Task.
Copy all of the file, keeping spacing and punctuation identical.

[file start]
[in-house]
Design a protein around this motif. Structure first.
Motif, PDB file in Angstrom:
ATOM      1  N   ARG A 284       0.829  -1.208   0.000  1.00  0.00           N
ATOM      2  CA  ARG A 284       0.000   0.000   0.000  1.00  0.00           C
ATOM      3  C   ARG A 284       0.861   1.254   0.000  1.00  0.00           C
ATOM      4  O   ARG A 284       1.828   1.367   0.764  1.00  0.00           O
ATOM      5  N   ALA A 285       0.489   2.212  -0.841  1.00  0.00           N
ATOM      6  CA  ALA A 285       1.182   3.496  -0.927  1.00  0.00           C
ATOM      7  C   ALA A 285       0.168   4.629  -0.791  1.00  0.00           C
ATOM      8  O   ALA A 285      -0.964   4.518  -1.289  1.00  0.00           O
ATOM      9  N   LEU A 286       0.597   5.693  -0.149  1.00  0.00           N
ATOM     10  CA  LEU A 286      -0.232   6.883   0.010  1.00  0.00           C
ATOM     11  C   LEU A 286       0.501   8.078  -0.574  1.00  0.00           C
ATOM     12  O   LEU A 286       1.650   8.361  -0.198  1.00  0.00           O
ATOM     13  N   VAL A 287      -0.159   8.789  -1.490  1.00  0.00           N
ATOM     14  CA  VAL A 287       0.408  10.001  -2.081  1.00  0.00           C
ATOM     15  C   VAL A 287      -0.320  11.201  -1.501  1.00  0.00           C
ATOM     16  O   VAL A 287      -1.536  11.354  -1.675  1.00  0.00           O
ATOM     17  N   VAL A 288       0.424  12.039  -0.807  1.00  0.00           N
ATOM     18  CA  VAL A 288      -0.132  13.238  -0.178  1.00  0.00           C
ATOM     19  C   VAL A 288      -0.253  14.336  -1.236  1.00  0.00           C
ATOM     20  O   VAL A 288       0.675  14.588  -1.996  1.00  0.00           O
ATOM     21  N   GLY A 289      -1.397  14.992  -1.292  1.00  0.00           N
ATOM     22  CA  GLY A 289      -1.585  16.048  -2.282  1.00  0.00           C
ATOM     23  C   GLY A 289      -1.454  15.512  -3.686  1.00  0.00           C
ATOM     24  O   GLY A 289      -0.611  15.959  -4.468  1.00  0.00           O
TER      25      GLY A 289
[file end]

[in-house]
Design a protein around this motif. Structure first.
Motif, PDB file in Angstrom:
ATOM      1  N   ARG A 284       0.829  -1.208   0.000  1.00  0.00           N
ATOM      2  CA  ARG A 284       0.000   0.000   0.000  1.00  0.00           C
ATOM      3  C   ARG A 284       0.861   1.254   0.000  1.00  0.00           C
ATOM      4  O   ARG A 284       1.828   1.367   0.764  1.00  0.00           O
ATOM      5  N   ALA A 285       0.489   2.212  -0.841  1.00  0.00           N
ATOM      6  CA  ALA A 285       1.182   3.496  -0.927  1.00  0.00           C
ATOM      7  C   ALA A 285       0.168   4.629  -0.791  1.00  0.00           C
ATOM      8  O   ALA A 285      -0.964   4.518  -1.289  1.00  0.00           O
ATOM      9  N   LEU A 286       0.597   5.693  -0.149  1.00  0.00           N
ATOM     10  CA  LEU A 286      -0.232   6.883   0.010  1.00  0.00           C
ATOM     11  C   LEU A 286       0.501   8.078  -0.574  1.00  0.00           C
ATOM     12  O   LEU A 286       1.650   8.361  -0.198  1.00  0.00           O
ATOM     13  N   VAL A 287      -0.159   8.789  -1.490  1.00  0.00           N
ATOM     14  CA  VAL A 287       0.408  10.001  -2.081  1.00  0.00           C
ATOM     15  C   VAL A 287      -0.320  11.201  -1.501  1.00  0.00           C
ATOM     16  O   VAL A 287      -1.536  11.354  -1.675  1.00  0.00           O
ATOM     17  N   VAL A 288       0.424  12.039  -0.807  1.00  0.00           N
ATOM     18  CA  VAL A 288      -0.132  13.238  -0.178  1.00  0.00           C
ATOM     19  C   VAL A 288      -0.253  14.336  -1.236  1.00  0.00           C
ATOM     20  O   VAL A 288       0.675  14.588  -1.996  1.00  0.00           O
ATOM     21  N   GLY A 289      -1.397  14.992  -1.292  1.00  0.00           N
ATOM     22  CA  GLY A 289      -1.585  16.048  -2.282  1.00  0.00           C
ATOM     23  C   GLY A 289      -1.454  15.512  -3.686  1.00  0.00           C
ATOM     24  O   GLY A 289      -0.611  15.959  -4.468  1.00  0.00           O
TER      25      GLY A 289